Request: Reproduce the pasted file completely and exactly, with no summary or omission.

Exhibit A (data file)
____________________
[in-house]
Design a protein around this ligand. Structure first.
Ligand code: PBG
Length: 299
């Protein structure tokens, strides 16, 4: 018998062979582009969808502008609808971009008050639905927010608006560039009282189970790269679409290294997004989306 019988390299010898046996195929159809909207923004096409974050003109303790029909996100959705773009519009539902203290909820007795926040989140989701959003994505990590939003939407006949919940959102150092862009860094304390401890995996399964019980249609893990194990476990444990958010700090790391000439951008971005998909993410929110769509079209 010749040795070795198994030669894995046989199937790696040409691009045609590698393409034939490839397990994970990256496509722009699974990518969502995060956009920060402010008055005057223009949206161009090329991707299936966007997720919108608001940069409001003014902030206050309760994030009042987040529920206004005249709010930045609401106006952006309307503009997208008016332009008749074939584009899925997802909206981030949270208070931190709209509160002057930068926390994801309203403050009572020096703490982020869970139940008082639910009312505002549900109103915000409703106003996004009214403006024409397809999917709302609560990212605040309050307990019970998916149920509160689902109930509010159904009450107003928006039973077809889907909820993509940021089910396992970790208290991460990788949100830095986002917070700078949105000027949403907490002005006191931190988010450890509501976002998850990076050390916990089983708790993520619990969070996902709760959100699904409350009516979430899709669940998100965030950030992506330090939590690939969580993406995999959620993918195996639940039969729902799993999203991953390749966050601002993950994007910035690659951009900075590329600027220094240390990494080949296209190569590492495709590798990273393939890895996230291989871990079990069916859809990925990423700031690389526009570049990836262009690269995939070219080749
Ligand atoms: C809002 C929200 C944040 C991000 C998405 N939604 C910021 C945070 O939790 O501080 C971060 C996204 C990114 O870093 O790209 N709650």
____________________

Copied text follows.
[in-house]
Design a protein around this ligand. Structure first.
Ligand code: PBG
Length: 299
């Protein structure tokens, strides 16, 4: 018998062979582009969808502008609808971009008050639905927010608006560039009282189970790269679409290294997004989306 019988390299010898046996195929159809909207923004096409974050003109303790029909996100959705773009519009539902203290909820007795926040989140989701959003994505990590939003939407006949919940959102150092862009860094304390401890995996399964019980249609893990194990476990444990958010700090790391000439951008971005998909993410929110769509079209 010749040795070795198994030669894995046989199937790696040409691009045609590698393409034939490839397990994970990256496509722009699974990518969502995060956009920060402010008055005057223009949206161009090329991707299936966007997720919108608001940069409001003014902030206050309760994030009042987040529920206004005249709010930045609401106006952006309307503009997208008016332009008749074939584009899925997802909206981030949270208070931190709209509160002057930068926390994801309203403050009572020096703490982020869970139940008082639910009312505002549900109103915000409703106003996004009214403006024409397809999917709302609560990212605040309050307990019970998916149920509160689902109930509010159904009450107003928006039973077809889907909820993509940021089910396992970790208290991460990788949100830095986002917070700078949105000027949403907490002005006191931190988010450890509501976002998850990076050390916990089983708790993520619990969070996902709760959100699904409350009516979430899709669940998100965030950030992506330090939590690939969580993406995999959620993918195996639940039969729902799993999203991953390749966050601002993950994007910035690659951009900075590329600027220094240390990494080949296209190569590492495709590798990273393939890895996230291989871990079990069916859809990925990423700031690389526009570049990836262009690269995939070219080749
Ligand atoms: C809002 C929200 C944040 C991000 C998405 N939604 C910021 C945070 O939790 O501080 C971060 C996204 C990114 O870093 O790209 N709650």